Ambulance service chiefs have conceded that its response to serious ‘red’ 999 calls in areas of Leeds is still not good enough.
Speaking of Yorkshire Ambulance Service NHS Trust’s (YAS) failure to reach national targets in its response to ‘red’ calls, bosses talked of unprecedented demand on its services in December.
National guidelines say paramedics should be attending 75 per cent of the most serious ‘red’ emergency call-outs within eight minutes but in Leeds north it only reached 55 per cent on time last month.
The discussion came at a Leeds City Council health scrutiny board meeting today.
Paul Mudd, director of operations for West Yorkshire at YAS, said: “Performance in Leeds north isn’t where we want it to be and neither is Leeds west.”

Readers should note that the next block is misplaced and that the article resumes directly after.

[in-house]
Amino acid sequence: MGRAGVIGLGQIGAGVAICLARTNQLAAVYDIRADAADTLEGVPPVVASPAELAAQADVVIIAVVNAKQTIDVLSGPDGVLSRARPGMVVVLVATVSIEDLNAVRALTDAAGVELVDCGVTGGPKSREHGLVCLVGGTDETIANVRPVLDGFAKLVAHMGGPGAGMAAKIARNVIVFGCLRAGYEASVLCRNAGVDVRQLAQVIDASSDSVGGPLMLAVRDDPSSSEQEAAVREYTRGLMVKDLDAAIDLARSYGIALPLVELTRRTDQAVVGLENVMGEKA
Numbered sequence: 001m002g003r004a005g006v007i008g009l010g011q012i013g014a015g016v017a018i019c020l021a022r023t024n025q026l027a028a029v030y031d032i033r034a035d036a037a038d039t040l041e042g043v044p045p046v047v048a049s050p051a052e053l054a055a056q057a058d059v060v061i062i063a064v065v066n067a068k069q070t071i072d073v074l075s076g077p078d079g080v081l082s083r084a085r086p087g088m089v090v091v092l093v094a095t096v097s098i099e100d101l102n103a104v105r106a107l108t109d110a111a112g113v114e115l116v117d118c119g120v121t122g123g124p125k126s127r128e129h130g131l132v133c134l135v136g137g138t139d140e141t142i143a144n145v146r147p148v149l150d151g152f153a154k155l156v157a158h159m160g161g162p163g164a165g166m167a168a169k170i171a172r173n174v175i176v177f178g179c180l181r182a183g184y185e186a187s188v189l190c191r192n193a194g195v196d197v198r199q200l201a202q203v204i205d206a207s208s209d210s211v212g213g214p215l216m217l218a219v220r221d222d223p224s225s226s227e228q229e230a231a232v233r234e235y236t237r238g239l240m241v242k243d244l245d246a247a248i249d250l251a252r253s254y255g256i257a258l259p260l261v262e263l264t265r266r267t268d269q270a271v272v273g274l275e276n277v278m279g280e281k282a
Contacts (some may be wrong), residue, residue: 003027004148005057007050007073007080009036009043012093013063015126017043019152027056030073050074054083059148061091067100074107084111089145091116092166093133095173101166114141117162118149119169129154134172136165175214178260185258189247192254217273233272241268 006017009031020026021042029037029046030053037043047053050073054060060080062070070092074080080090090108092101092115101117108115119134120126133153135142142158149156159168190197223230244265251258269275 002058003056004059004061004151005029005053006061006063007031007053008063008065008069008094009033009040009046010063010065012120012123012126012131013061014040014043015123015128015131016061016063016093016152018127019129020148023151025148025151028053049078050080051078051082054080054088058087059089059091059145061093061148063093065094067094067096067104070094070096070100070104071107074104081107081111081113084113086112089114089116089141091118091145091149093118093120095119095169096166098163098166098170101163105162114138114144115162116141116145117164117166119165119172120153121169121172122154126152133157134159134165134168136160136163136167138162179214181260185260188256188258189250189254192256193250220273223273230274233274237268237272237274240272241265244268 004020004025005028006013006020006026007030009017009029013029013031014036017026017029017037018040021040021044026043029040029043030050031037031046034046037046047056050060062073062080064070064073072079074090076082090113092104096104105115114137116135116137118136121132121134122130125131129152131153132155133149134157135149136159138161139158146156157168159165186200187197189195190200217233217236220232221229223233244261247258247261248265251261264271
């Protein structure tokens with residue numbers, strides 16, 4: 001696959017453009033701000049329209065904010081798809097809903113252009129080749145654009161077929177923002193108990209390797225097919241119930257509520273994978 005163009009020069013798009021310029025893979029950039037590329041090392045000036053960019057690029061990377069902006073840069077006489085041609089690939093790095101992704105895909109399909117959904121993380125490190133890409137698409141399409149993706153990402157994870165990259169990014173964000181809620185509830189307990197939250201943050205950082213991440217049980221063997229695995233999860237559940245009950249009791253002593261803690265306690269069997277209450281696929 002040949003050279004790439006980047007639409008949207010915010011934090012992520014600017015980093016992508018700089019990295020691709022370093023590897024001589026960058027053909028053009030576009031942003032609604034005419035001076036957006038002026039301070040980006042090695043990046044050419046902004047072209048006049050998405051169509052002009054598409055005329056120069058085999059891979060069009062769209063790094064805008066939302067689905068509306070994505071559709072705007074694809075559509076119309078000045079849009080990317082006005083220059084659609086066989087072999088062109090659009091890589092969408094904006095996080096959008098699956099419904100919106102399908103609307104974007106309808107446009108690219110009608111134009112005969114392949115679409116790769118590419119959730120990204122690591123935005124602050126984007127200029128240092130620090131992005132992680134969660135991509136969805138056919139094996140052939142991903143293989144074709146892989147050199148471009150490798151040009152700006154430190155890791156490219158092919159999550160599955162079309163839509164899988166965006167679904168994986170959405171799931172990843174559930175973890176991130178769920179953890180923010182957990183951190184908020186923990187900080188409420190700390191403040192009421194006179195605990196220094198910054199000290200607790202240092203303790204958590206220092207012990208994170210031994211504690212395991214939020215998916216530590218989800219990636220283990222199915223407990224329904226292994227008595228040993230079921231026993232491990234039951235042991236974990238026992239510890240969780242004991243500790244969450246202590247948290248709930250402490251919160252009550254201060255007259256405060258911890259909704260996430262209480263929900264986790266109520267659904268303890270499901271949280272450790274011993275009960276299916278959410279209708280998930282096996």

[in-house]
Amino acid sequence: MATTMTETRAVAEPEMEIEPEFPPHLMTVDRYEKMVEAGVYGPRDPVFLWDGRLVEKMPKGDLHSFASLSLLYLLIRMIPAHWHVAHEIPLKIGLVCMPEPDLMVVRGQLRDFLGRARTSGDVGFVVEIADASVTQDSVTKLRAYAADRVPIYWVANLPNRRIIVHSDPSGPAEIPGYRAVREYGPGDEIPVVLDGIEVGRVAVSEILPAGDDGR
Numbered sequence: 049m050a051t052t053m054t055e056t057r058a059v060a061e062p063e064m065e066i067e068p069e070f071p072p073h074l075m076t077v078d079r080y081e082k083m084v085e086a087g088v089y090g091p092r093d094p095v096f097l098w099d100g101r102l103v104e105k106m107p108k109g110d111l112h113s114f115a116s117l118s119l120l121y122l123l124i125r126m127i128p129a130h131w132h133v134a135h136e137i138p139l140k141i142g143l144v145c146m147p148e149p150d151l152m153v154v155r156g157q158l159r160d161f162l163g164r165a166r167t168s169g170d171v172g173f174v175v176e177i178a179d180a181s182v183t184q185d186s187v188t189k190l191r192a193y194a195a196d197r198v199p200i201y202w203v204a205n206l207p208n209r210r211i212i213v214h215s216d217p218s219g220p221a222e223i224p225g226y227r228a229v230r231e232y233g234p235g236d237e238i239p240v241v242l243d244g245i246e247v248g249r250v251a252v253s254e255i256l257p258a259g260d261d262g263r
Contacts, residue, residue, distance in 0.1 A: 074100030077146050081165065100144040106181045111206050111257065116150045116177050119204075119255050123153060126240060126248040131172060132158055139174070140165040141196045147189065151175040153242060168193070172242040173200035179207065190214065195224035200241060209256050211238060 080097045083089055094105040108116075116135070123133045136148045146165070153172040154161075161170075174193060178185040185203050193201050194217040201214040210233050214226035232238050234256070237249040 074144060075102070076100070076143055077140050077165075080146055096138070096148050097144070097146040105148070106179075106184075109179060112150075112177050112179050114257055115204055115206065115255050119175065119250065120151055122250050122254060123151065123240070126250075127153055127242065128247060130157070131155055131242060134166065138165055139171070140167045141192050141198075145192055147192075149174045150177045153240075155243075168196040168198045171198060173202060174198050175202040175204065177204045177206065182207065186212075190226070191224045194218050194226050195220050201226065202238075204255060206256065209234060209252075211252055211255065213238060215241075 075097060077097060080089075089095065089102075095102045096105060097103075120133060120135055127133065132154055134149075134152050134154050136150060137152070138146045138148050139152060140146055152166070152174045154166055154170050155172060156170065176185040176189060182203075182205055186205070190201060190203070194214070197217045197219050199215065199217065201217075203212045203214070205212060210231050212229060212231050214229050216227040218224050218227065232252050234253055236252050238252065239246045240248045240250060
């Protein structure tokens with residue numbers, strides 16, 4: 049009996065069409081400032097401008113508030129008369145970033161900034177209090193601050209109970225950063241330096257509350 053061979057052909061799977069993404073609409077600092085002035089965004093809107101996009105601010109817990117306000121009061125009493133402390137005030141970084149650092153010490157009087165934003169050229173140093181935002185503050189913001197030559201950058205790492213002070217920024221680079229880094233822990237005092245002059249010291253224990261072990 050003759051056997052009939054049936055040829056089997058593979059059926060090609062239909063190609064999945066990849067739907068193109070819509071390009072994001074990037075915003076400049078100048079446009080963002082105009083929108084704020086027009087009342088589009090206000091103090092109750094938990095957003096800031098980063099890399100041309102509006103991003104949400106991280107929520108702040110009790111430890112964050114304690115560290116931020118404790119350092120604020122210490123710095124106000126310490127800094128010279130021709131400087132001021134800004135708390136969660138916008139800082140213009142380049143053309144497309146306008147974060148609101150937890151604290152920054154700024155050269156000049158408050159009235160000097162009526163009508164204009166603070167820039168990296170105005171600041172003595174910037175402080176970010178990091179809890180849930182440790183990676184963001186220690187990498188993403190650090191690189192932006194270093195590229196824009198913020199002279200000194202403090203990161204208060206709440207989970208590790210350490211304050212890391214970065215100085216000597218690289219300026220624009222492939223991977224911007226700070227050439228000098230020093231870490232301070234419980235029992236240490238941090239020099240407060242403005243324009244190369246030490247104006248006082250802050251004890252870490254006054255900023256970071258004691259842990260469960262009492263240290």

He said red response levels in those areas of are still below targets. Figures for December showed on-time response in Leeds west was 56 per cent and regionally was 60.61 per cent.
Coun Debra Coupar, scrutiny board chair, also cited “several examples” of YAS missing targets by a significant amount. She asked: “Are these one-offs or is it the tip of the iceberg?”
Stating that YAS is “providing a safe service”, medical director Dr Julian Mark added: “The whole system is under pressure and there is a knock-on effect.”
YAS deputy chief executive Ian Brandwood said it is having to meet demand while having 50 vacancies for paramedics amid a UK shortage. He added that Care Quality Commission inspectors have also yet to report any areas of concern.